What is Equity Multiplier?
Equity multiplier is used to indicate the proportion of the company assets that is financed by equity instead of debt. Generally companies can use either debt financing of equity financing to build assets and grow. Too much use of debt financing can leave a company highly leverage, so typically investors like to see higher proportion of the assets being financed with shareholder equity.
As far as financial ratios go, equity multiplier is similar to debt ratio as an indicator of leverage. However, it is expressed differently. Equity multiplier is calculated by dividing the total assets by the shareholder equity. So a high equity multiplier will imply a low proportion of shareholder equity, and therefore high leverage.
Equity Multiplier Formula
The equity multiplier formula can be expressed simply as:
Equity Multiplier = Total Assets / Stockholder’s Equity
If you recall, Total Assets = Total Liabilities + Stockholder’s Equity. This is the balance sheet equation.
Therefore, you can also write the equity multiplier formula as:
Equity Multiplier = (Total Liabilities + Stockholder’s Equity) / Stockholder’s Equity
= (Total Liabilities / Stockholder’s Equity) + 1
Since Total Liabilities / Stockholder’s Equity is none other then Debt/Equity Ratio, we can rewrite the formula as
Equity Multiplier = Debt/Equity Ratio + 1
This final formula clearly illustrates that the Equity Multiplier and the Debt/Equity Ratio both describe the financial leverage of a company in equivalent manner.
Example of Equity Multiplier Calculation
Suppose a company has the following balance sheet equation:
Total Assets = $100 million
Total Liabilities = $20 million
Total Stockholder’s Equity = $80 million.
In this case, the Equity Multiplier = $100 million / $80 million = 1.25
Without knowing much more, I would say this equity multiplier looks reasonably good.
On the other hand, suppose another company has the following balance sheet equation:
Total Assets = $100 million
Total Liabilities = $80 million
Total Stockholder’s Equity = $20 million.
In this case the Equity Multiplier = $100 million / $20 million = 5
This could be excessive leverage.
The Eternal Dilemma: Financing Company Assets with Debt or Equity
A company has a choice when it needs capital funding – either use debt, or issue equity to fund asset purchases and growth. There is an intricate balance. A higher equity component is generally a good idea as it avoids excessive leverage and a drain on the cash flow in terms of interest payments that debt funding will entail. However, it is also to be noted that in many cases, debt financing is cheaper than equity financing and the company does not need to give up ownership with debt. Debt financing also tends to lower the Weighted Average Cost of Capital, or WACC, for the company, and it can pursue more projects for economic profits.
Can a Company Have Negative Equity Multiplier?
In rare cases a company can have a negative equity multiplier. Since the total assets can not be negative, a negative equity multiplier results from a negative stockholder’s equity.
How does this happen?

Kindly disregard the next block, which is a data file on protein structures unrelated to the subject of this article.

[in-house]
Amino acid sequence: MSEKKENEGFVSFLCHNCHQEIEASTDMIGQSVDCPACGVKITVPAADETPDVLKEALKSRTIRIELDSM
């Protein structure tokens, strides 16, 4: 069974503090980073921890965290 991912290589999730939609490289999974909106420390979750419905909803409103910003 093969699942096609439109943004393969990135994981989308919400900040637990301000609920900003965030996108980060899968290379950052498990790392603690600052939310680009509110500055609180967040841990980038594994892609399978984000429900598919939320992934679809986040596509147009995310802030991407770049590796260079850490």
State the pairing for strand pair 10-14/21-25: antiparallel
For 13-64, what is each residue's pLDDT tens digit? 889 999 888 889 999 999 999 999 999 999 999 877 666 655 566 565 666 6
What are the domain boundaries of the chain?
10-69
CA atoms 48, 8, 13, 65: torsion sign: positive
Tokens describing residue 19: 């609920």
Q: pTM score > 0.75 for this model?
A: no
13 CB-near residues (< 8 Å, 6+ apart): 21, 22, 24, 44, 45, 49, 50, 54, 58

Recall that Shareholder’s Equity is made up of Paid in Capital, Treasury Stock and finally Retained Earnings. Retained Earnings is the accumulated net income in the past years that has not been paid out to the shareholders. If the company has generated significant losses in the past, and has done so for many years, it is quite possible that the Shareholder’s Equity may end up being a negative number.
In this scenario, the Total Liabilities of the company exceeds the Total Assets of the company. Unless the company can figure out a way of regaining profitability quickly, it is highly unlikely that the company can survive as a going concern.
So yes, negative equity multiplier is possible, but it means that the company is insolvent and will soon cease to exist unless there is a major change in fortunes.
Equity Multiplier and the Dupont Analysis
The Dupont Analysis expresses the Return on Equity as
ROE = Net Profit Margin x Total Asset Turnover Ratio x Financial Leverage Ratio
The Financial Leverage Ratio is expressed as Average Total Assets / Average Shareholder’s Equity, which is pretty much the Equity Multiplier.
This relationship succinctly expresses the fact that a higher Equity Multiplier can mean a higher Return on Equity and can be a good thing.
How to Use Equity Multiplier in Investing?
For the most part, a simple understanding that high equity multiplier ratio is less desirable than a low equity multiplier ratio is enough to steer you towards better investments. However, your analysis also needs to compare a company with its peers. Some industries are very capital intensive and require high dependence on debt to make capital investments. These industries could include Shipping, Heavy Industrial, Airlines, etc. The Equity Multipliers for all companies in these industries will be high. You want to compare equity multiplier of a company with its peers in the same industry to see if this company is less leveraged than the others.
Also keep in mind that using some debt to finance growth is a desirable attribute for a asset heavy company. You can see this in the Dupont model above. Introduction of debt increases the equity multiplier and that in turn increases the ROE for the company. However, at some point, leverage can become too high. I generally prefer that the debt be less than half of the total assets, so this means I want my equity multipliers to be less than 2.